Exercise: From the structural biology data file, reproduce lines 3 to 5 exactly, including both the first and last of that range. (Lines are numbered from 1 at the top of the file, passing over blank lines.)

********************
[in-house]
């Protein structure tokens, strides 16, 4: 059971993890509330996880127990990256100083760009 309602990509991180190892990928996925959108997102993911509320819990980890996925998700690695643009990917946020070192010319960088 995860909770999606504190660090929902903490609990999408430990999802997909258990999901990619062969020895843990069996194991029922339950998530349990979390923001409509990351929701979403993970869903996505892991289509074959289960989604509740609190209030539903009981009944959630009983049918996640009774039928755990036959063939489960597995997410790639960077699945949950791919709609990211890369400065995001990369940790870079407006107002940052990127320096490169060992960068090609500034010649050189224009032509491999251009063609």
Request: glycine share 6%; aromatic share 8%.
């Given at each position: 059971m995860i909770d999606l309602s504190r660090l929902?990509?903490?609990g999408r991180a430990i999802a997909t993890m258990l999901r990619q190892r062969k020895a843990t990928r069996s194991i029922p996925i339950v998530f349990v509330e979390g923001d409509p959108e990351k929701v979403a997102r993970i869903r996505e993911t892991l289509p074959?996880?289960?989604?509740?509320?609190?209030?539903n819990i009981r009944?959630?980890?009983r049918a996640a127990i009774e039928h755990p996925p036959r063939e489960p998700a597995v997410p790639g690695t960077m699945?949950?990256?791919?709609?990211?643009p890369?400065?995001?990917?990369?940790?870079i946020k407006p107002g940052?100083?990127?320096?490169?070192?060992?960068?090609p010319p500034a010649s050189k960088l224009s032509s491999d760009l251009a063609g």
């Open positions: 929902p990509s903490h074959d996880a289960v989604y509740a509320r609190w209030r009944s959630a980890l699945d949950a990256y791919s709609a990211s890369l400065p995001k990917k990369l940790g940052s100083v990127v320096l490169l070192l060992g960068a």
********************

Request: glycine share 6%; aromatic share 8%.
């Given at each position: 059971m995860i909770d999606l309602s504190r660090l929902?990509?903490?609990g999408r991180a430990i999802a997909t993890m258990l999901r990619q190892r062969k020895a843990t990928r069996s194991i029922p996925i339950v998530f349990v509330e979390g923001d409509p959108e990351k929701v979403a997102r993970i869903r996505e993911t892991l289509p074959?996880?289960?989604?509740?509320?609190?209030?539903n819990i009981r009944?959630?980890?009983r049918a996640a127990i009774e039928h755990p996925p036959r063939e489960p998700a597995v997410p790639g690695t960077m699945?949950?990256?791919?709609?990211?643009p890369?400065?995001?990917?990369?940790?870079i946020k407006p107002g940052?100083?990127?320096?490169?070192?060992?960068?090609p010319p500034a010649s050189k960088l224009s032509s491999d760009l251009a063609g």
């Open positions: 929902p990509s903490h074959d996880a289960v989604y509740a509320r609190w209030r009944s959630a980890l699945d949950a990256y791919s709609a990211s890369l400065p995001k990917k990369l940790g940052s100083v990127v320096l490169l070192l060992g960068a």